If you want to get nit-picky about it, Microsoft stole nothing either...
Stolen Quicktime code was found in Video For Windows, the apparent fix for inferior performance in the previous version. Apple had previously refused to license that code. As mentioned in the other posting, the investment of $150 million in Apple stock, removal of the Apple code, agreement guaranteeing continued updates to office, and Apple continuing to include Explorer for a short time were the major components of the out of court settlement reached.
Involving a third party in getting the code doesn't excuse using stolen code.
The earlier issues went beyond the look of an icon. The functional behavior of multiple windows was a major issue that I recall.
"QuickTime for Windows vs QuickTime for Video for Windows
Apple brought QuickTime to Windows by simply porting large chunks of the Macintosh's native drawing system. QuickTime performance on Windows was vastly better than Microsoft's Video for Windows because Apple bypassed the GDI Windows graphics subsystem.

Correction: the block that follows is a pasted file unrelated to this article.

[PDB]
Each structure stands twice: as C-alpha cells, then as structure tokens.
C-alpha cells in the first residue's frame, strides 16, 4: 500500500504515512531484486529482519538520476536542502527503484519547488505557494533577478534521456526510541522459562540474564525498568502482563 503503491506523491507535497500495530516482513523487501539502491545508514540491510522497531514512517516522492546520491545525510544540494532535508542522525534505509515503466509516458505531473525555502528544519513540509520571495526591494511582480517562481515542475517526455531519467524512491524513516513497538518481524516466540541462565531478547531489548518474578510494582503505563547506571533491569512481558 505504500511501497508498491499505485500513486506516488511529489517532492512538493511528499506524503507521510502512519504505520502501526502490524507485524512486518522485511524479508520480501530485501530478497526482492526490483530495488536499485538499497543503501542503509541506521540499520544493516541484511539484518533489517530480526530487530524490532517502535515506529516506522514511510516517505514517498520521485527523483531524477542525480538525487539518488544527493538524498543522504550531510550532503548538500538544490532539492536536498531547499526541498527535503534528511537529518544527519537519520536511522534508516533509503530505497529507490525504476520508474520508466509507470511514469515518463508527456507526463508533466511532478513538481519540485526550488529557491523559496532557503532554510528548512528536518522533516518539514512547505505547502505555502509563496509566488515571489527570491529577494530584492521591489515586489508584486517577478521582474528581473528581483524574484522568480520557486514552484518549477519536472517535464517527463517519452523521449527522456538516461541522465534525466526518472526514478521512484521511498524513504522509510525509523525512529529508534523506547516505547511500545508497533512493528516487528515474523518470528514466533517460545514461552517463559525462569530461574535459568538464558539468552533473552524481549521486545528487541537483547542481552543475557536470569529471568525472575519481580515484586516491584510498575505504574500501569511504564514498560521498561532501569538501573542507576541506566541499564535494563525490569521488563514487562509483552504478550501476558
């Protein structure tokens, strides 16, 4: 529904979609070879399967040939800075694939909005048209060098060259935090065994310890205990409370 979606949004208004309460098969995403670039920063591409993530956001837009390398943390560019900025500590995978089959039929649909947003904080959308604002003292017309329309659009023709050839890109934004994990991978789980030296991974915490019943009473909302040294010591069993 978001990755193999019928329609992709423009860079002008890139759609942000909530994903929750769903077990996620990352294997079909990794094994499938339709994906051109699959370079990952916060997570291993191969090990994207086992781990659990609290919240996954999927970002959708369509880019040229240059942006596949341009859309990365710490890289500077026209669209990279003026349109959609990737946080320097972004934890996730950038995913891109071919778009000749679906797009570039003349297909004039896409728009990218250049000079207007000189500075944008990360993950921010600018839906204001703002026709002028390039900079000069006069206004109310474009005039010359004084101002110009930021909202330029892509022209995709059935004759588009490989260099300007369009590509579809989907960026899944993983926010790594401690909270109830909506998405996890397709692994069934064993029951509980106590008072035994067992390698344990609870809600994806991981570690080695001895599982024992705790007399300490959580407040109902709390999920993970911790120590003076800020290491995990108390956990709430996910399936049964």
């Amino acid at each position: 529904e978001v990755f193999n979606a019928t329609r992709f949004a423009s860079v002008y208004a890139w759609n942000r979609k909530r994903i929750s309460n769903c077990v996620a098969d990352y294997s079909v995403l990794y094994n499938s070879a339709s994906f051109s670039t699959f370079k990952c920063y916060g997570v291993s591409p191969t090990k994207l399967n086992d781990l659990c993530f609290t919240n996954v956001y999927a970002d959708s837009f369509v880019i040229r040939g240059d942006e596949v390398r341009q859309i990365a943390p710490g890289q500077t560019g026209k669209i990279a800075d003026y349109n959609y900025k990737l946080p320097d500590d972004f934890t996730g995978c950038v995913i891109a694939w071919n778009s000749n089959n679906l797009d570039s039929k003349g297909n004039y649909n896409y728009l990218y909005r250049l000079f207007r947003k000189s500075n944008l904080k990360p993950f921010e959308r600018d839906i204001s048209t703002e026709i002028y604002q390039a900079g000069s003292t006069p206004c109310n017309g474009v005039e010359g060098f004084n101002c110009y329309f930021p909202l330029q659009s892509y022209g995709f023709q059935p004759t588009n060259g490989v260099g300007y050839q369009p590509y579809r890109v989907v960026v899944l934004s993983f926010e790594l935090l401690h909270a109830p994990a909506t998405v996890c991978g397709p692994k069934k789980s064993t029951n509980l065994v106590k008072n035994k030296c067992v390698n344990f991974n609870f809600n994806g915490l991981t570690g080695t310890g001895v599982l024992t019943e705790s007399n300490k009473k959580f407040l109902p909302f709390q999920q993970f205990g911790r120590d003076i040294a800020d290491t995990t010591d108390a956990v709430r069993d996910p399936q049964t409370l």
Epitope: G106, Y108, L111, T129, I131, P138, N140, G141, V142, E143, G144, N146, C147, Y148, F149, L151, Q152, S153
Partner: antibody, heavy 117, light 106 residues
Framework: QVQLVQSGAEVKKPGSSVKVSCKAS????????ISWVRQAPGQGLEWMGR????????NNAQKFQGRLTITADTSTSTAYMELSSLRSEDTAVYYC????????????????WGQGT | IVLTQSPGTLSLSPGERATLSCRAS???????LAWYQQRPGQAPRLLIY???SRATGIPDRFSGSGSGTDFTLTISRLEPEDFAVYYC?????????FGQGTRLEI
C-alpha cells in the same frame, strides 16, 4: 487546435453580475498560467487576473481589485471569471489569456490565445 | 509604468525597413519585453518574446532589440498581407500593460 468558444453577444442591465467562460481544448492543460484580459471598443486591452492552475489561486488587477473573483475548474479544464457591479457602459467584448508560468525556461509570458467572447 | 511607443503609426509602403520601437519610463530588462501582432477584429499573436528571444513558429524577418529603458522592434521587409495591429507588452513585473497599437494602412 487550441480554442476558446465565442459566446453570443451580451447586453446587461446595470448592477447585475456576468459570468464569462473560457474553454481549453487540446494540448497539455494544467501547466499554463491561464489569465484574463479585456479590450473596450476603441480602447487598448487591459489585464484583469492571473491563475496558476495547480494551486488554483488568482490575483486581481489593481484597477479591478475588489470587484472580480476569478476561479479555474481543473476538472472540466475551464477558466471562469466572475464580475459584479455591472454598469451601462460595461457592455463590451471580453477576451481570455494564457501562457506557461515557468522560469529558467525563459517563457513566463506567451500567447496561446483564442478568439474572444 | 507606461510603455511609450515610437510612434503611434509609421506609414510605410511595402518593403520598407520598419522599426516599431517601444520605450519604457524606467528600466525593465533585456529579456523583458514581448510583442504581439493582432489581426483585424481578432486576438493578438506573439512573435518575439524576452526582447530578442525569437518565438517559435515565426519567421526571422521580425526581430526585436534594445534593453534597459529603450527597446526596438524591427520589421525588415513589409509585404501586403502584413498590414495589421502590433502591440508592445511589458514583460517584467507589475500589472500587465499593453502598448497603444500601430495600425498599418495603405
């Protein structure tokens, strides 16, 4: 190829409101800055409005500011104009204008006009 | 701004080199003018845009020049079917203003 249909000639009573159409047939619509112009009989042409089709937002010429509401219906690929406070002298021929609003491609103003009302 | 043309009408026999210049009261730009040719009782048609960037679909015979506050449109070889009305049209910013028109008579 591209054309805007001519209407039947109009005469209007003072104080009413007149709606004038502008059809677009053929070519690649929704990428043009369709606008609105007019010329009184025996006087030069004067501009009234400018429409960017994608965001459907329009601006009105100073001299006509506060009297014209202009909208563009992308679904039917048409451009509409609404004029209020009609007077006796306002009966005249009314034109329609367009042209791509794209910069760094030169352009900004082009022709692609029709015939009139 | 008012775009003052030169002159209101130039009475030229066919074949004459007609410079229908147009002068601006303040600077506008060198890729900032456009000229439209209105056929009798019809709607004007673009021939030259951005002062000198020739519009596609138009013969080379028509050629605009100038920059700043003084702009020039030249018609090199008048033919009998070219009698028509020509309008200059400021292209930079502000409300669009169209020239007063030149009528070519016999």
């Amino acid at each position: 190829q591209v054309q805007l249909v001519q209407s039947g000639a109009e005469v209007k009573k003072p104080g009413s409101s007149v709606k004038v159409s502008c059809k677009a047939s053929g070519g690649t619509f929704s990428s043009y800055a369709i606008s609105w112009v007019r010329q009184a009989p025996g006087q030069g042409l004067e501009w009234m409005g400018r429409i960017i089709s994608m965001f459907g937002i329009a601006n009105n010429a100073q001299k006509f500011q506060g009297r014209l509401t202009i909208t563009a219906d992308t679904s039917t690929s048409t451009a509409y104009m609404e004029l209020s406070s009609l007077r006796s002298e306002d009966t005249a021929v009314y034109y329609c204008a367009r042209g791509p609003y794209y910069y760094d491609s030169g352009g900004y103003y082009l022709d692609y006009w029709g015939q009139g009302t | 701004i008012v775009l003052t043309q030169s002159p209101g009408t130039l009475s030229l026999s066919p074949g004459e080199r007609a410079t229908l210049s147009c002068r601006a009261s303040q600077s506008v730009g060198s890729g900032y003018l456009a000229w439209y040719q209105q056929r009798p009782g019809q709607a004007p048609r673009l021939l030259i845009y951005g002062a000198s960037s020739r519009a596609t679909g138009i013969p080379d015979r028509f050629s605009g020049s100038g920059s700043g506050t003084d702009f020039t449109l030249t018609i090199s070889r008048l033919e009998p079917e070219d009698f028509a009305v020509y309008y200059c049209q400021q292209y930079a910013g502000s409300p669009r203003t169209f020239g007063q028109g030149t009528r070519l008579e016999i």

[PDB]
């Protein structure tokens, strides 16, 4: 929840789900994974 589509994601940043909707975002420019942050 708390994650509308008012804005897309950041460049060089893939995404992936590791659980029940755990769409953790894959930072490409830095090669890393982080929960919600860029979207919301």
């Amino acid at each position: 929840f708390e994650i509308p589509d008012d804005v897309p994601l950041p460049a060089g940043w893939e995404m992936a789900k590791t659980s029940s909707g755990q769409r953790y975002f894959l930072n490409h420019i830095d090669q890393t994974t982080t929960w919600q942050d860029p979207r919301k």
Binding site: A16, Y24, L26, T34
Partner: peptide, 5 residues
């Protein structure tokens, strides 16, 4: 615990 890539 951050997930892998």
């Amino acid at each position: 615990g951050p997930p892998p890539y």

Microsoft and Intel were both shocked to find that Apple could deliver smooth video on the PC that was beyond what either company had imagined to be possible. When Microsoft requested a free license for QuickTime for Windows in 1993, Apple refused.
Meanwhile, Intel wanted to accelerate Microsoft's Video for Windows in hardware. It approached Apple's partner Canyon to develop a video driver that would provide similar performance to QuickTime.
While knowing that Canyon possessed Apple's code, Intel did not specify that Canyon needed to do clean room development, and gave the company an unrealistically short timeframe to develop the code.
As expected, Canyon simply delivered Apple's code to Intel, which then licensed it to Microsoft. When Video for Windows suddenly improved in 1994, Apple investigated and found that Microsoft had simply stolen code from QuickTime in order to compete with QuickTime.
Apple sued and won an injunction that stopped Microsoft from distributing portions of the stolen code, and the case was eventually resolved as part of the 1997 agreement between the two companies."
Going to the Apple partner that had the Apple source code and ending up with it was not legitimate Windows innovation.